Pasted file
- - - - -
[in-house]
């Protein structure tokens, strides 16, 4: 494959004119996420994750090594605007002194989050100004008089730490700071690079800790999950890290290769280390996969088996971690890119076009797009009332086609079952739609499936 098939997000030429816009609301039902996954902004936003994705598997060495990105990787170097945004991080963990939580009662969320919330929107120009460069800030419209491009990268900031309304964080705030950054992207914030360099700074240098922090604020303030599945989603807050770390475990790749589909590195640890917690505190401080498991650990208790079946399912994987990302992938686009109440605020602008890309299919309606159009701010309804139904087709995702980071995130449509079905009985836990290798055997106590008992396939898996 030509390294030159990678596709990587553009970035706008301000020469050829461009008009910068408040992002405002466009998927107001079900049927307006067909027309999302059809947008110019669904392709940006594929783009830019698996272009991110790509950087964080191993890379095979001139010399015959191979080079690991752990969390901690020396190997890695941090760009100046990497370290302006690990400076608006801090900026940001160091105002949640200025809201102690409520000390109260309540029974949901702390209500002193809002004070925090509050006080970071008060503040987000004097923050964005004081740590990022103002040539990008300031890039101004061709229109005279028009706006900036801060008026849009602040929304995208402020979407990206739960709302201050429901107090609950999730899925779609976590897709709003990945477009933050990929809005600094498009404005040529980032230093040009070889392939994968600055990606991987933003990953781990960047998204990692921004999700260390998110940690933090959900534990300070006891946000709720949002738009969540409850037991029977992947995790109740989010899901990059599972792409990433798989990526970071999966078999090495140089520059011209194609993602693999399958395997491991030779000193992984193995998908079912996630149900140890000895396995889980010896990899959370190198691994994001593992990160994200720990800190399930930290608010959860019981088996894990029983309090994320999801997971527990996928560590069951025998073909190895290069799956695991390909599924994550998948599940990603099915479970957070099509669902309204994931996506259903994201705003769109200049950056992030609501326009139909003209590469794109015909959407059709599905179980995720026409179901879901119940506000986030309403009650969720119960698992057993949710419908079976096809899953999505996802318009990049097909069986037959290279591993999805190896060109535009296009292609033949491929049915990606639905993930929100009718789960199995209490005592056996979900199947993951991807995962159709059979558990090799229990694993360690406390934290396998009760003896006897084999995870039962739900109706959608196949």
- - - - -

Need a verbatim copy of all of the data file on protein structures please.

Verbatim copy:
[in-house]
């Protein structure tokens, strides 16, 4: 494959004119996420994750090594605007002194989050100004008089730490700071690079800790999950890290290769280390996969088996971690890119076009797009009332086609079952739609499936 098939997000030429816009609301039902996954902004936003994705598997060495990105990787170097945004991080963990939580009662969320919330929107120009460069800030419209491009990268900031309304964080705030950054992207914030360099700074240098922090604020303030599945989603807050770390475990790749589909590195640890917690505190401080498991650990208790079946399912994987990302992938686009109440605020602008890309299919309606159009701010309804139904087709995702980071995130449509079905009985836990290798055997106590008992396939898996 030509390294030159990678596709990587553009970035706008301000020469050829461009008009910068408040992002405002466009998927107001079900049927307006067909027309999302059809947008110019669904392709940006594929783009830019698996272009991110790509950087964080191993890379095979001139010399015959191979080079690991752990969390901690020396190997890695941090760009100046990497370290302006690990400076608006801090900026940001160091105002949640200025809201102690409520000390109260309540029974949901702390209500002193809002004070925090509050006080970071008060503040987000004097923050964005004081740590990022103002040539990008300031890039101004061709229109005279028009706006900036801060008026849009602040929304995208402020979407990206739960709302201050429901107090609950999730899925779609976590897709709003990945477009933050990929809005600094498009404005040529980032230093040009070889392939994968600055990606991987933003990953781990960047998204990692921004999700260390998110940690933090959900534990300070006891946000709720949002738009969540409850037991029977992947995790109740989010899901990059599972792409990433798989990526970071999966078999090495140089520059011209194609993602693999399958395997491991030779000193992984193995998908079912996630149900140890000895396995889980010896990899959370190198691994994001593992990160994200720990800190399930930290608010959860019981088996894990029983309090994320999801997971527990996928560590069951025998073909190895290069799956695991390909599924994550998948599940990603099915479970957070099509669902309204994931996506259903994201705003769109200049950056992030609501326009139909003209590469794109015909959407059709599905179980995720026409179901879901119940506000986030309403009650969720119960698992057993949710419908079976096809899953999505996802318009990049097909069986037959290279591993999805190896060109535009296009292609033949491929049915990606639905993930929100009718789960199995209490005592056996979900199947993951991807995962159709059979558990090799229990694993360690406390934290396998009760003896006897084999995870039962739900109706959608196949």